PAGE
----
February 25, 2015
This article is contributed by June Hamell, Macedon Town Historian,
Linda Braun, Village of Macedon Historian and Sandy Pagano, President
of the Macedon Historical Society:
It was in August 1849 that Frederick Douglass visited the First Baptist Church of Macedon, NY. His visit was recorded in the book, “First Baptist Church of Macedon, A History of the First Two Hundred Years 1800-2000.”
Here is a portion of the article from this book:
“A brush with history occurred in August 1849 when, according to his The North Star of August 24, 1849 Frederick Douglass delivered an evening lecture to the Macedonians and, the next day, held an anti-slavery fair.” (p. 33)
…A large assemblage of persons was secured to hear the anti-slavery subject considered, and to see anti-slavery principles practically carried out in a manner that they had never seen before, and we have good reason to think there was much prejudice removed, and much interest excited among them. They saw, perhaps for the first time, that white and colored persons could meet together in the same forum, and treat each other with kindness and respect – an important end attained in this Christian country.” (p.33)
Mr. Douglass pays tribute in the North Star article to four main abolitionist families in Macedon for their provision and support: Mr. and Mrs. Doty and family; Mr. Esick Wilbur and family; Asa Smith and family; William Getchell and family. Although the monetary proceeds from the anti-slavery fair were not great, the value was great in establishing the idea of equality. The example demonstrated and actions taken by our forefathers is
to be commended. Taking a risk, learning something new, accepting new ideas and perspectives is something we can all continue to learn from.
More Visits by Frederick Douglass
Fourteen years after Mr. Douglass settled in Rochester we find a reference in Book VI page 5 of the C. W. Packard Diaries to a visit that Mr. Douglass made to Macedon.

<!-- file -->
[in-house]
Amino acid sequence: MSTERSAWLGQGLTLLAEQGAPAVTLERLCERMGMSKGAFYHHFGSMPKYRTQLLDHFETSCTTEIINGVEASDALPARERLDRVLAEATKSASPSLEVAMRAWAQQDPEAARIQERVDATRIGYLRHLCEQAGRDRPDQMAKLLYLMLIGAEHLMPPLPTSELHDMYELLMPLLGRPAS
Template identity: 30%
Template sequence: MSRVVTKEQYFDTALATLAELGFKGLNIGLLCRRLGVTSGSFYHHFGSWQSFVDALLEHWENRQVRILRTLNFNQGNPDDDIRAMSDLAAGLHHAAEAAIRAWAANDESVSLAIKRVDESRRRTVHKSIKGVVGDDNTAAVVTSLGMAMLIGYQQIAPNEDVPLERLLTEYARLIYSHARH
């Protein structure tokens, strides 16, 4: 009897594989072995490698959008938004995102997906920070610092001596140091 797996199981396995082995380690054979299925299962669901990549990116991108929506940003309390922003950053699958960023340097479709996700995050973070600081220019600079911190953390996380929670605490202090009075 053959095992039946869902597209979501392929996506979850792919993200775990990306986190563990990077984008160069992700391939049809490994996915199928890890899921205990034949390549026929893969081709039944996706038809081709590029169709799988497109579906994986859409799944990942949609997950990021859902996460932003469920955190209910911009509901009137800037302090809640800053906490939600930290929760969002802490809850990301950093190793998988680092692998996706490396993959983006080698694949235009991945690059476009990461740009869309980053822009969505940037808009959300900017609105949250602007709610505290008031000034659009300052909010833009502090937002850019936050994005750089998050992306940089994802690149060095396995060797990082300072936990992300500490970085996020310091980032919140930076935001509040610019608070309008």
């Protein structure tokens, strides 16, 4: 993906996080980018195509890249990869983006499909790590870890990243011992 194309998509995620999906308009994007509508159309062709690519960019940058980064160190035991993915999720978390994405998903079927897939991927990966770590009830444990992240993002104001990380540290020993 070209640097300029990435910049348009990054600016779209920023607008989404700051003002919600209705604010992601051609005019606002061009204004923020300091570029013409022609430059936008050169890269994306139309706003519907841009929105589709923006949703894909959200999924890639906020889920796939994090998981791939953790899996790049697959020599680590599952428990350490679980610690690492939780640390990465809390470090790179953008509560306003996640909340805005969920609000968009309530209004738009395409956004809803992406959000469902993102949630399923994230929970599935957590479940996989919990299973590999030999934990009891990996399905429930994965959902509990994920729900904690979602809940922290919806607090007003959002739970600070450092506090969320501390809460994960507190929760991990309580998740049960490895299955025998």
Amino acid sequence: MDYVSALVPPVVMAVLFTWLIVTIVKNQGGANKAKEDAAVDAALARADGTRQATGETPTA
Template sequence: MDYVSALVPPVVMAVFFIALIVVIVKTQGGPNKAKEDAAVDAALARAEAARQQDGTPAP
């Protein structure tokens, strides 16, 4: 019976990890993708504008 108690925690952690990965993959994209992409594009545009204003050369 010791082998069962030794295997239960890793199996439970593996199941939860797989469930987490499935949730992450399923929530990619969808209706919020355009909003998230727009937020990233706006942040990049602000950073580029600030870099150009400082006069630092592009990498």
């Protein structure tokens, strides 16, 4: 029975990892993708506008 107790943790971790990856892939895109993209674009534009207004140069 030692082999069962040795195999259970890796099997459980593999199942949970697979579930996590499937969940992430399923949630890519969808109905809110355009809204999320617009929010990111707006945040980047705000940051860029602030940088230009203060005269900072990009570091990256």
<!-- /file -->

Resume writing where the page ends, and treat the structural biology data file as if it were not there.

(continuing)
On Tuesday March 5, 1861, Mr. Packard writes: Home! When got up this morning, found 4 or 5 inches of snow on the ground, and the mud stiff enough to hold about 3/4 of the time. After breakfast this morning we packed up. Father carried us to the Albion Depot in a sleigh. It snowed till about 1/2 past 9, very hard. We left Albion at 8:50, it continued to snow till we got to Brockport, there the sun shine out, and has shined most of the day
since, though the air has been chilly. We came through, arriving at Macedon at 11:15. Ex-Lieut. Gov. Church, was in the same car with us, as far as Rochester, and Fred Douglass from there to Macedon.”
And on March 6th he writes at the end of the daily entry: “Fred Douglass speaks before the Philomathean Society tonight.”
The Philomathean Society is a literary society that promotes learning. The University of Pennsylvania still has one. This can include speakers, speaker series, debates – all activities designed to challenge one to think about an issue and draw conclusions. We do not know the exact topic for Mr. Douglass’ speech that evening but we can guess that it had to do with the equality of all humans. Mr. Packard does not tell us if he attended but it was important enough for him to include it in his diary. Mr. Douglass spoke in the area from time to time.
He spoke at the 1816 Quaker Meeting House in Farmington and since many Quakers from Macedon attended that meeting, it was a logical step for him to speak here in Macedon.
Did he speak more than once at the Baptist Church and the Macedon Academy? We don’t know. But he did open the way for others. And Macedonians became more involved in equality issues as a result.
About Frederick Douglass
Mr. Douglass was born a slave in 1817 in the Chesapeake Bay area of Maryland. He escaped slavery in 1838. He visited Rochester, NY in 1843 and became a “conductor” on the Underground Railroad in 1847. He settled in Rochester and lived there for twenty years and during that time period spoke on abolition and equality all over the northeast. It was in Rochester that he operated a newspaper called the “The North Star.” Mr. Douglass
died in 1895 in Washington, D.C. and is buried at the Mount Hope Cemetery in Rochester, New York.